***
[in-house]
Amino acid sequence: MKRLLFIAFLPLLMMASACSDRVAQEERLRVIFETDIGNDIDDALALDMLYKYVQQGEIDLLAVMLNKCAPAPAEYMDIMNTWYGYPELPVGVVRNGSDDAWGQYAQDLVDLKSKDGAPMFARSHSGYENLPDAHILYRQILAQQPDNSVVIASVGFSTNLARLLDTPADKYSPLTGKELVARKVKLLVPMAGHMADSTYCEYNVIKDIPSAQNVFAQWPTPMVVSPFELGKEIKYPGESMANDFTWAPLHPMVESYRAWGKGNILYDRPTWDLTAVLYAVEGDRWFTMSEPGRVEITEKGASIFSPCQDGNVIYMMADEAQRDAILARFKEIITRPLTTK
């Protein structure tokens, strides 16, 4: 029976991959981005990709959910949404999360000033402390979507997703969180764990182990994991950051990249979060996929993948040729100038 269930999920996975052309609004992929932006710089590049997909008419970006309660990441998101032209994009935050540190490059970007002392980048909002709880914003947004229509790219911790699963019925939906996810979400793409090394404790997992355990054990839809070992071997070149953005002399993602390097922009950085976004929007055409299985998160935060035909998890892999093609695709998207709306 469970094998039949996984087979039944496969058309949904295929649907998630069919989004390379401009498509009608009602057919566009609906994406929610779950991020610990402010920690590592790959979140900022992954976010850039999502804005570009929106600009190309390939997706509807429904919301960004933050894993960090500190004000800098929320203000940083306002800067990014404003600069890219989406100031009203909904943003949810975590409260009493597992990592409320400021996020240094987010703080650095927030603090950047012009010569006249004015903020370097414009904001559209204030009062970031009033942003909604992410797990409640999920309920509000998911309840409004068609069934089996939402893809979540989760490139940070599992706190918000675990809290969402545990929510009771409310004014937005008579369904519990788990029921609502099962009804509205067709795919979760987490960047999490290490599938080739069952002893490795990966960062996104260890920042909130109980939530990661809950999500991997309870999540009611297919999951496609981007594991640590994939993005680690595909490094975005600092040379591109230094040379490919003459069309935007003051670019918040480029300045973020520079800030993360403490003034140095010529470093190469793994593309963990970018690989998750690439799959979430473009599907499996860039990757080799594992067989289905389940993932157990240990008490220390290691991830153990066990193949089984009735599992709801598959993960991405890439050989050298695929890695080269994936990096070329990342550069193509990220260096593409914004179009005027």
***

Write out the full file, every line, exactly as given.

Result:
[in-house]
Amino acid sequence: MKRLLFIAFLPLLMMASACSDRVAQEERLRVIFETDIGNDIDDALALDMLYKYVQQGEIDLLAVMLNKCAPAPAEYMDIMNTWYGYPELPVGVVRNGSDDAWGQYAQDLVDLKSKDGAPMFARSHSGYENLPDAHILYRQILAQQPDNSVVIASVGFSTNLARLLDTPADKYSPLTGKELVARKVKLLVPMAGHMADSTYCEYNVIKDIPSAQNVFAQWPTPMVVSPFELGKEIKYPGESMANDFTWAPLHPMVESYRAWGKGNILYDRPTWDLTAVLYAVEGDRWFTMSEPGRVEITEKGASIFSPCQDGNVIYMMADEAQRDAILARFKEIITRPLTTK
């Protein structure tokens, strides 16, 4: 029976991959981005990709959910949404999360000033402390979507997703969180764990182990994991950051990249979060996929993948040729100038 269930999920996975052309609004992929932006710089590049997909008419970006309660990441998101032209994009935050540190490059970007002392980048909002709880914003947004229509790219911790699963019925939906996810979400793409090394404790997992355990054990839809070992071997070149953005002399993602390097922009950085976004929007055409299985998160935060035909998890892999093609695709998207709306 469970094998039949996984087979039944496969058309949904295929649907998630069919989004390379401009498509009608009602057919566009609906994406929610779950991020610990402010920690590592790959979140900022992954976010850039999502804005570009929106600009190309390939997706509807429904919301960004933050894993960090500190004000800098929320203000940083306002800067990014404003600069890219989406100031009203909904943003949810975590409260009493597992990592409320400021996020240094987010703080650095927030603090950047012009010569006249004015903020370097414009904001559209204030009062970031009033942003909604992410797990409640999920309920509000998911309840409004068609069934089996939402893809979540989760490139940070599992706190918000675990809290969402545990929510009771409310004014937005008579369904519990788990029921609502099962009804509205067709795919979760987490960047999490290490599938080739069952002893490795990966960062996104260890920042909130109980939530990661809950999500991997309870999540009611297919999951496609981007594991640590994939993005680690595909490094975005600092040379591109230094040379490919003459069309935007003051670019918040480029300045973020520079800030993360403490003034140095010529470093190469793994593309963990970018690989998750690439799959979430473009599907499996860039990757080799594992067989289905389940993932157990240990008490220390290691991830153990066990193949089984009735599992709801598959993960991405890439050989050298695929890695080269994936990096070329990342550069193509990220260096593409914004179009005027």